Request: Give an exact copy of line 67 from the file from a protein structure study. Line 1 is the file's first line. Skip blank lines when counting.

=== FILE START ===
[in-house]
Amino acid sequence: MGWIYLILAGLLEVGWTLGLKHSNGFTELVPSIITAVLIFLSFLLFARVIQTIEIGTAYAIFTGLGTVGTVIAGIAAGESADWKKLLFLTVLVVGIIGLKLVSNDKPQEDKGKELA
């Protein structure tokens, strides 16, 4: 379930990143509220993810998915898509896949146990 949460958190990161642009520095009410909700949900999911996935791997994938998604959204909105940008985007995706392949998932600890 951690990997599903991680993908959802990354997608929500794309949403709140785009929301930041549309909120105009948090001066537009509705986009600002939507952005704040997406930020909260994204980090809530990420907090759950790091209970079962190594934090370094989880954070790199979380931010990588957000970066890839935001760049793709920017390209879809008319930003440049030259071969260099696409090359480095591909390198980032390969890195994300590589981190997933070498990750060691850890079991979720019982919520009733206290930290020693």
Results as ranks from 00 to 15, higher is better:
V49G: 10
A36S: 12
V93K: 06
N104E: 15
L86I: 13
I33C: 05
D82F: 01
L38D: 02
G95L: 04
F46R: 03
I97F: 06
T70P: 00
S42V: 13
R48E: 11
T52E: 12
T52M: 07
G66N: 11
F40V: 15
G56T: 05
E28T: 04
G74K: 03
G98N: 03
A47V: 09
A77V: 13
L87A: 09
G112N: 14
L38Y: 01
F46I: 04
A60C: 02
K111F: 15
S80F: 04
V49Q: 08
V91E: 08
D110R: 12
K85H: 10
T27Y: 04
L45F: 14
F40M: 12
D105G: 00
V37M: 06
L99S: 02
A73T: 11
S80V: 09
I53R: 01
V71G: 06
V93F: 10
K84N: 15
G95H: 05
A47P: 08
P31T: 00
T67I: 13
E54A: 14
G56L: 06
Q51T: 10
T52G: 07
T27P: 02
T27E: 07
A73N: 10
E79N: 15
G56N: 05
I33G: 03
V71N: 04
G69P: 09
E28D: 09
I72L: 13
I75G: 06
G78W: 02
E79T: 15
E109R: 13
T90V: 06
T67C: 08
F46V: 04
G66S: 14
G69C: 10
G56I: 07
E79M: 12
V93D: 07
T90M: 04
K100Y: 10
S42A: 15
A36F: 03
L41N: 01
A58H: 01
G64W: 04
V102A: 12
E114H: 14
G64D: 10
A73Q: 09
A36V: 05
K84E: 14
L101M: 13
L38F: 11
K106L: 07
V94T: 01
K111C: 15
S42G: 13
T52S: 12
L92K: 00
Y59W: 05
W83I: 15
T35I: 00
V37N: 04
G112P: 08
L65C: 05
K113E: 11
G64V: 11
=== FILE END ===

G69P: 09